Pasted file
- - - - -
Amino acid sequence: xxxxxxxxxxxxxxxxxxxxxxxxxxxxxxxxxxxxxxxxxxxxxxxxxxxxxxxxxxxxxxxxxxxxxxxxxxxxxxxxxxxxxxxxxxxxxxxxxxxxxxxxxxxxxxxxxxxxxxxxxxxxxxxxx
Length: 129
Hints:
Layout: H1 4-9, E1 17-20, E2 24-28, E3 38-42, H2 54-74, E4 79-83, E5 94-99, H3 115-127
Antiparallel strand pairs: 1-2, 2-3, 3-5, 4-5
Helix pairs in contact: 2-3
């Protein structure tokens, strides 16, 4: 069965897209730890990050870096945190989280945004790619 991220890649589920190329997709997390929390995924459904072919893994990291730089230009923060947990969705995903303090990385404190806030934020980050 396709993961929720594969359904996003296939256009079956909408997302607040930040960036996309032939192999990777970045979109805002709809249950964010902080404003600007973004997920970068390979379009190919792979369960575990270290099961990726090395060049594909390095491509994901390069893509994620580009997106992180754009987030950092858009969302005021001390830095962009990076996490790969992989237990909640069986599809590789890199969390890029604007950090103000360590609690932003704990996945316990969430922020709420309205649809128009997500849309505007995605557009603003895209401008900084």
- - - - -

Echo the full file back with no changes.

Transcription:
Amino acid sequence: xxxxxxxxxxxxxxxxxxxxxxxxxxxxxxxxxxxxxxxxxxxxxxxxxxxxxxxxxxxxxxxxxxxxxxxxxxxxxxxxxxxxxxxxxxxxxxxxxxxxxxxxxxxxxxxxxxxxxxxxxxxxxxxxx
Length: 129
Hints:
Layout: H1 4-9, E1 17-20, E2 24-28, E3 38-42, H2 54-74, E4 79-83, E5 94-99, H3 115-127
Antiparallel strand pairs: 1-2, 2-3, 3-5, 4-5
Helix pairs in contact: 2-3
């Protein structure tokens, strides 16, 4: 069965897209730890990050870096945190989280945004790619 991220890649589920190329997709997390929390995924459904072919893994990291730089230009923060947990969705995903303090990385404190806030934020980050 396709993961929720594969359904996003296939256009079956909408997302607040930040960036996309032939192999990777970045979109805002709809249950964010902080404003600007973004997920970068390979379009190919792979369960575990270290099961990726090395060049594909390095491509994901390069893509994620580009997106992180754009987030950092858009969302005021001390830095962009990076996490790969992989237990909640069986599809590789890199969390890029604007950090103000360590609690932003704990996945316990969430922020709420309205649809128009997500849309505007995605557009603003895209401008900084």